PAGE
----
It was my friend JJ who alerted me to this book: More Thrills Than Skills: Adventures in Journalism, War & Terrorism, by Paul Harris, and also to the fact that both JJ and myself went to the same school, Elgin Academy, as the author, Paul Harris.
JJ has quite a bit of memorabilia from the sixties relating to Elgin, Morayshire, and he also showed me a copy of something that Paul Harris mentions on page 22 of his book – an interview with Ian Smith, at the time the Prime Minister of Rhodesia, which was published in the Elgin Academy school magazine. Getting that interview was a minor stroke of genius, but it was the sort of thing that Paul Harris managed on more than one occasion.
I can’t actually remember Paul Harris very well from my school days. He was in the sixth year in 1966, and I think that that was the year I arrived in Elgin, half-way through the school year, and all I can say is that I was sort of aware of him and his friends.
Paul Harris went on to have a very interesting life indeed, mostly as a freelance journalist covering various wars, but he also got involved in various other ventures, including pirate radio and publishing, and this book covers much of this, the achievements, the scrapes he ended up in, and his experiences during hostilities in Bosnia, Croatia, Eritrea, Algeria, Sri Lanka and elsewhere. Freelance journalists had to live by their wits, and it appears that they often received little remuneration for putting themselves at risk. A surprising number of them didn’t survive. More Thrills Than Skills covers all sorts of fascinating episodes.
The Sheltering Desert, by Henno Martin, is about how two men, Henno and his friend Hermann Korn, decided that they wanted nothing at all to do with World War II, and in 1940 went to live in a remote desert part of Namibia until, they hoped, hostilities ended.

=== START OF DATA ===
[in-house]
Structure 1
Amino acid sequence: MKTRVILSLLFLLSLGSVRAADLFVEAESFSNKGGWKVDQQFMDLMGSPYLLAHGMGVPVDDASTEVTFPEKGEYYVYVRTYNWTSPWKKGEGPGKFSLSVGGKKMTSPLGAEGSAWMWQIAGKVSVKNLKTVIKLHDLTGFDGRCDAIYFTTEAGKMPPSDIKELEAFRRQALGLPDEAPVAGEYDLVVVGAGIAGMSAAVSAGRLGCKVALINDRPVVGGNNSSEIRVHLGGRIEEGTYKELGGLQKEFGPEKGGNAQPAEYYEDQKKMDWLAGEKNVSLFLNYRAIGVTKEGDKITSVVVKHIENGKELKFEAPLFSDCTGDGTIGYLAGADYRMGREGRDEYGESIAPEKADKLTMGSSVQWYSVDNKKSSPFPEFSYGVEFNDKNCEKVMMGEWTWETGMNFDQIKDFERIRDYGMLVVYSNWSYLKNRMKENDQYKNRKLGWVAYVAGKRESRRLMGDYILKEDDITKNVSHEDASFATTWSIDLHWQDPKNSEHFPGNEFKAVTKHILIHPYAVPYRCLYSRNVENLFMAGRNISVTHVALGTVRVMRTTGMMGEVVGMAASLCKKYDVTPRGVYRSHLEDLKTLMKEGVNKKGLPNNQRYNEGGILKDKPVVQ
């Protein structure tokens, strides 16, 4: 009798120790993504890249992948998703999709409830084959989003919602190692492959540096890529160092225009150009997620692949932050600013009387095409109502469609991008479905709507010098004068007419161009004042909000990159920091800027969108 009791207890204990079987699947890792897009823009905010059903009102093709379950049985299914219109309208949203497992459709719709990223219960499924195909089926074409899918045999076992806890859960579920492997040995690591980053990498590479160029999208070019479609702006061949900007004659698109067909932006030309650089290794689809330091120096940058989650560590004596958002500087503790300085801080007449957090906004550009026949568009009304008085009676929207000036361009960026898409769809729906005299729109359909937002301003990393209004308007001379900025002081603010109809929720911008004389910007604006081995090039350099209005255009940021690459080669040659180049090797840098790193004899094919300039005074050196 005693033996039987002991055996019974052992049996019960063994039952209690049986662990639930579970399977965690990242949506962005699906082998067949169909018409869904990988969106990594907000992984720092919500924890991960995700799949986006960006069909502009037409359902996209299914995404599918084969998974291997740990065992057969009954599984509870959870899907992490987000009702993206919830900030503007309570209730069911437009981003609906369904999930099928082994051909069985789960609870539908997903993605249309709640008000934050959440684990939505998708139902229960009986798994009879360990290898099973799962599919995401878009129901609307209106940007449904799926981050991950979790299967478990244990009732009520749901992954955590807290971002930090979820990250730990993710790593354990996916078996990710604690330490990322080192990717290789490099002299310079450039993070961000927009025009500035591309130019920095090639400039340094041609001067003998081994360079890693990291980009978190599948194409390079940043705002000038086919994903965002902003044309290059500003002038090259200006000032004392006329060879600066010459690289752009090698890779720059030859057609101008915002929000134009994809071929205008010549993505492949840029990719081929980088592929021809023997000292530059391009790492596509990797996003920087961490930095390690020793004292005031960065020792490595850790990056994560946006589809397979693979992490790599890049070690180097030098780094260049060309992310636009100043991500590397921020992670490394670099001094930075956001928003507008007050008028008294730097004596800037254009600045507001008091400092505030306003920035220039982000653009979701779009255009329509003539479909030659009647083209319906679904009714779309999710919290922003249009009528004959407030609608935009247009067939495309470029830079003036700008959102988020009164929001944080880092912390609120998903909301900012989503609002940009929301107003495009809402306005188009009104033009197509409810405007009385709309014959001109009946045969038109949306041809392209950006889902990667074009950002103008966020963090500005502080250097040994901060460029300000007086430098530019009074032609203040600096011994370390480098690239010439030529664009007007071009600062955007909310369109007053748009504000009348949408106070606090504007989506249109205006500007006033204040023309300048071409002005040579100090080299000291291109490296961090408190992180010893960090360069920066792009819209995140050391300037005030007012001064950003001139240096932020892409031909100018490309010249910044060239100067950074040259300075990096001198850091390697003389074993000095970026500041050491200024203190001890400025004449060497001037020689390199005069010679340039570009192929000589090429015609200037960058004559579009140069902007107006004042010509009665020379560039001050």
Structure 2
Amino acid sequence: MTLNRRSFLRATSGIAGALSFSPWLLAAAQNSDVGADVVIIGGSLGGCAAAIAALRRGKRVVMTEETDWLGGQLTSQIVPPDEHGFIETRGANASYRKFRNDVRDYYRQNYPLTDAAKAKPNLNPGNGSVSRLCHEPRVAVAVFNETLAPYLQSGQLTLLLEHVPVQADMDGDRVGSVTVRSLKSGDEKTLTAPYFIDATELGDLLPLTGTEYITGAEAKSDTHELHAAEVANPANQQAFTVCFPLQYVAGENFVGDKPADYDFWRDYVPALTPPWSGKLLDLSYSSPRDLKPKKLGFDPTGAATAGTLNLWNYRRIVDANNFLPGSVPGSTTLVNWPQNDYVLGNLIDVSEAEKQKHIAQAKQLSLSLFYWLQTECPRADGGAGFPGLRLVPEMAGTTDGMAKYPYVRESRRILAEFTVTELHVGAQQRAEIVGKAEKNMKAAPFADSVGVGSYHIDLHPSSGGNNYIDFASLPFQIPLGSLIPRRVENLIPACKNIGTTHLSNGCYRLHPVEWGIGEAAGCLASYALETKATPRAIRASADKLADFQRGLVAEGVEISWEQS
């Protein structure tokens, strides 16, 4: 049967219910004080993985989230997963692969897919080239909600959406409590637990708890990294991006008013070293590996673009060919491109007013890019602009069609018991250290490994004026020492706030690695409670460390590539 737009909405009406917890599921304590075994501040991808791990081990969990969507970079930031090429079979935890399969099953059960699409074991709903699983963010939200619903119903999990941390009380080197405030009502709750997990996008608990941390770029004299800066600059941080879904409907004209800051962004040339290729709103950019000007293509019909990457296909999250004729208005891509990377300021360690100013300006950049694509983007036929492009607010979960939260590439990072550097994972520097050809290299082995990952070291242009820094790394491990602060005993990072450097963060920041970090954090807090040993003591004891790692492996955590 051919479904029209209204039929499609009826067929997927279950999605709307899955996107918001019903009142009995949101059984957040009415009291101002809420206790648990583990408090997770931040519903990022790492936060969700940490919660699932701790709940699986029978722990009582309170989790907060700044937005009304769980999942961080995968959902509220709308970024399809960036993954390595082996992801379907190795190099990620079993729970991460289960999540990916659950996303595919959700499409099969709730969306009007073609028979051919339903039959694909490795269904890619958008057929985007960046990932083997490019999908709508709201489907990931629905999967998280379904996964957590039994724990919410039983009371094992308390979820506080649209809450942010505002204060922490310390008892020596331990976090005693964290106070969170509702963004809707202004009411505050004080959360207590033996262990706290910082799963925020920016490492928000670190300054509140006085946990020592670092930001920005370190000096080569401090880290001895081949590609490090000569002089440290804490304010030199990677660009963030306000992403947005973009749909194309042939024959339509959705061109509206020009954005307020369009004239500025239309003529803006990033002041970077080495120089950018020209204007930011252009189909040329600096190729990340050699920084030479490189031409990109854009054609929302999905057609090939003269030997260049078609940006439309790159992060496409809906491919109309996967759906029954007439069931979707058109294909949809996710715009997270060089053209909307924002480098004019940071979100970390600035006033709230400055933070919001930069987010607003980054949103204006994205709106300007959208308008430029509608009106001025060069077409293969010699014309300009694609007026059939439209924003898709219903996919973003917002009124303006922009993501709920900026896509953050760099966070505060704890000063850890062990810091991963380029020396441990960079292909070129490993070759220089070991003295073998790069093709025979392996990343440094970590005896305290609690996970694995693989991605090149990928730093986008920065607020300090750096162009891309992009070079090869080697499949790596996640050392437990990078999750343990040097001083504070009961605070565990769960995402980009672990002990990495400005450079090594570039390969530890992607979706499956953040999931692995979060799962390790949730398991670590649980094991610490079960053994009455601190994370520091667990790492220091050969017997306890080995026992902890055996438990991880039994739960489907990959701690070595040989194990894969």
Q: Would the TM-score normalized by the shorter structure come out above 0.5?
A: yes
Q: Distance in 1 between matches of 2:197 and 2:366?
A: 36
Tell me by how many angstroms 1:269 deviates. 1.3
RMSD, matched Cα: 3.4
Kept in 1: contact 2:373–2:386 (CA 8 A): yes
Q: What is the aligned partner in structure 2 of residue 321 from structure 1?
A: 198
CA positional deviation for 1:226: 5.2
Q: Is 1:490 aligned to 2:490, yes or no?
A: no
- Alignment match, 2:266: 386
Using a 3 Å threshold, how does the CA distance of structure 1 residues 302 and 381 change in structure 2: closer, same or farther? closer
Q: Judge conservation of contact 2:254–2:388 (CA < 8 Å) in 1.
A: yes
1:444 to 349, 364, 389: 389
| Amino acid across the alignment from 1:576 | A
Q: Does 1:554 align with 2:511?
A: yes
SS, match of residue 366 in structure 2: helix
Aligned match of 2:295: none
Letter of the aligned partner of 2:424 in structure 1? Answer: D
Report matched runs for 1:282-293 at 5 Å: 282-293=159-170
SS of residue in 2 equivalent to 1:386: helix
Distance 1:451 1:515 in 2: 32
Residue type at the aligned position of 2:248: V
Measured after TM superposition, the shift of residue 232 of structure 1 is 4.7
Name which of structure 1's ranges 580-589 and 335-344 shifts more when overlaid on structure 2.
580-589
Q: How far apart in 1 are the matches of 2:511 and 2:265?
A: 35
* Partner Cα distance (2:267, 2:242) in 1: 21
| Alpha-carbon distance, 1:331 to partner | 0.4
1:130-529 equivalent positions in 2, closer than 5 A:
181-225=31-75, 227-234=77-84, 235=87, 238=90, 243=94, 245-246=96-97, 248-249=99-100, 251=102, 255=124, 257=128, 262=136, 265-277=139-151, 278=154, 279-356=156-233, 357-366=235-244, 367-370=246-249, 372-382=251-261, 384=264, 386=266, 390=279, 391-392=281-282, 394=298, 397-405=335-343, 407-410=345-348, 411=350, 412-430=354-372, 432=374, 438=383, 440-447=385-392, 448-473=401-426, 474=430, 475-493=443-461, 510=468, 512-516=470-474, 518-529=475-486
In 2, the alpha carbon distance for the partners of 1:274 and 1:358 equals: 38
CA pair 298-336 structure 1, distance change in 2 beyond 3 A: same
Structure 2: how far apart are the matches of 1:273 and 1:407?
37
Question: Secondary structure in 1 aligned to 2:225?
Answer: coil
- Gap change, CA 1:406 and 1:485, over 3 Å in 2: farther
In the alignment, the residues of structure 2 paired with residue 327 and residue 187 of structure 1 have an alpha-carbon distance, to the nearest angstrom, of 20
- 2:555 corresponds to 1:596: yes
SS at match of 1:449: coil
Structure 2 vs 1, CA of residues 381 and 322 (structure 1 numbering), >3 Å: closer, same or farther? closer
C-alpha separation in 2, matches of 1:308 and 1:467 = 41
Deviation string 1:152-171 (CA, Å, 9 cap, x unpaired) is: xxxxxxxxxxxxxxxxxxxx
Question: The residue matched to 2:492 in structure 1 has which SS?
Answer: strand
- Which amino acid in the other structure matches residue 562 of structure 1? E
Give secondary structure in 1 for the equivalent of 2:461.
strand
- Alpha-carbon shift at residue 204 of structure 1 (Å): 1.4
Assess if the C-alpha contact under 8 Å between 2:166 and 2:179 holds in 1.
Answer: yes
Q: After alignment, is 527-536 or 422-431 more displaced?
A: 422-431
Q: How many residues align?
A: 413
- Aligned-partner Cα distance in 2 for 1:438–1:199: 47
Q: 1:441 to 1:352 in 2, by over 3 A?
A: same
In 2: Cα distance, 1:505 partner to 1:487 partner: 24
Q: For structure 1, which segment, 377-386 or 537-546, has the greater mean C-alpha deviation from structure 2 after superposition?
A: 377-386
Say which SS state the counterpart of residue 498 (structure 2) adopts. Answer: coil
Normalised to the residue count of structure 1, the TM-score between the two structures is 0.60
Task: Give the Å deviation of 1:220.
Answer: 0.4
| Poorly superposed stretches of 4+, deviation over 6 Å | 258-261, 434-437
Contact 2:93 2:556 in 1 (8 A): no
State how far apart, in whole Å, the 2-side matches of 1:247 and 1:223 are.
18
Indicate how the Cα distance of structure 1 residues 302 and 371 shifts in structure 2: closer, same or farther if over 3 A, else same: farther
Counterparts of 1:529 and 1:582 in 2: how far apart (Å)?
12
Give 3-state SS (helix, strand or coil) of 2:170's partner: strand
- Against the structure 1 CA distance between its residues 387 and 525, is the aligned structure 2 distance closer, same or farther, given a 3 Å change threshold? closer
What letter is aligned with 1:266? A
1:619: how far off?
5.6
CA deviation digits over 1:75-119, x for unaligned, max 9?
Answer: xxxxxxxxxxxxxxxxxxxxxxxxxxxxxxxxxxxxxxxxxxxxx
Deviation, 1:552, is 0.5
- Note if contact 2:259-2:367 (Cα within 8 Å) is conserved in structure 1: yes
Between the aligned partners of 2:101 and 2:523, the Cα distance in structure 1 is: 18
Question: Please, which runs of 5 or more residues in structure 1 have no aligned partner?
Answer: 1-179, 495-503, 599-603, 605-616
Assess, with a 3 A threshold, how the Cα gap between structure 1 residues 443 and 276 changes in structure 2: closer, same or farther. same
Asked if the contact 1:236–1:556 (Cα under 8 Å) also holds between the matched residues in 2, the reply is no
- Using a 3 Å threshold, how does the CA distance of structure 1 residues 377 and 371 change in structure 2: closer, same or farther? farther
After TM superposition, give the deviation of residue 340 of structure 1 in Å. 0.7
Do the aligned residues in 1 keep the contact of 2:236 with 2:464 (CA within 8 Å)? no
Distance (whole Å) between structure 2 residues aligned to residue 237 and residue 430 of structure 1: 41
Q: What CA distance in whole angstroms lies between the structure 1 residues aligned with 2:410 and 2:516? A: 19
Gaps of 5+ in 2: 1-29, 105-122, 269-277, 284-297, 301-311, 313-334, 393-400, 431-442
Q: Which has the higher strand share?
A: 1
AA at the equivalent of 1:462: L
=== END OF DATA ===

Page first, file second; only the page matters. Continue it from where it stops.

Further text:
They had gone to what was then South West Africa in 1935 to do geological research on the Naukluft, and by 1940 were threatened with Internment. They were completely against the madness of the War, and decided to live and survive like Bushmen in the Kuiseb River canyon. This is a very harsh part of the world, where there is little water and the temperature rises in summer.
The story was made into a movie in 1991, and you may be able to find it on Youtube. The movie diverges considerably from the book, in that it spends quite a bit of time setting the scene in 1940s South West Africa, and also seems to overemphasize the search, by the authorities, for the two men, but it’s a watchable film and the scenery is wonderful.
Because the terrain was so harsh in the Kuiseb River gorge area, and at times the wild game and water ran out, they found it difficult to survive. They lived off what they could shoot with their pistol and fish that they found in some pools. After a year, they found themselves getting philosophical, and had discussions between themselves about whether evolution was purely mechanically determined by the interplay of hereditary and environment. Their conclusion was that animals with specialisations were less likely to evolve, and that man had evolved particularly because of a lack of specialisation.
The Namib sounds like an interesting part of the world. It was inhabited by scattered Khoikhoi for thousands of years, and Martin and Korn found numerous stone tools near their various camps.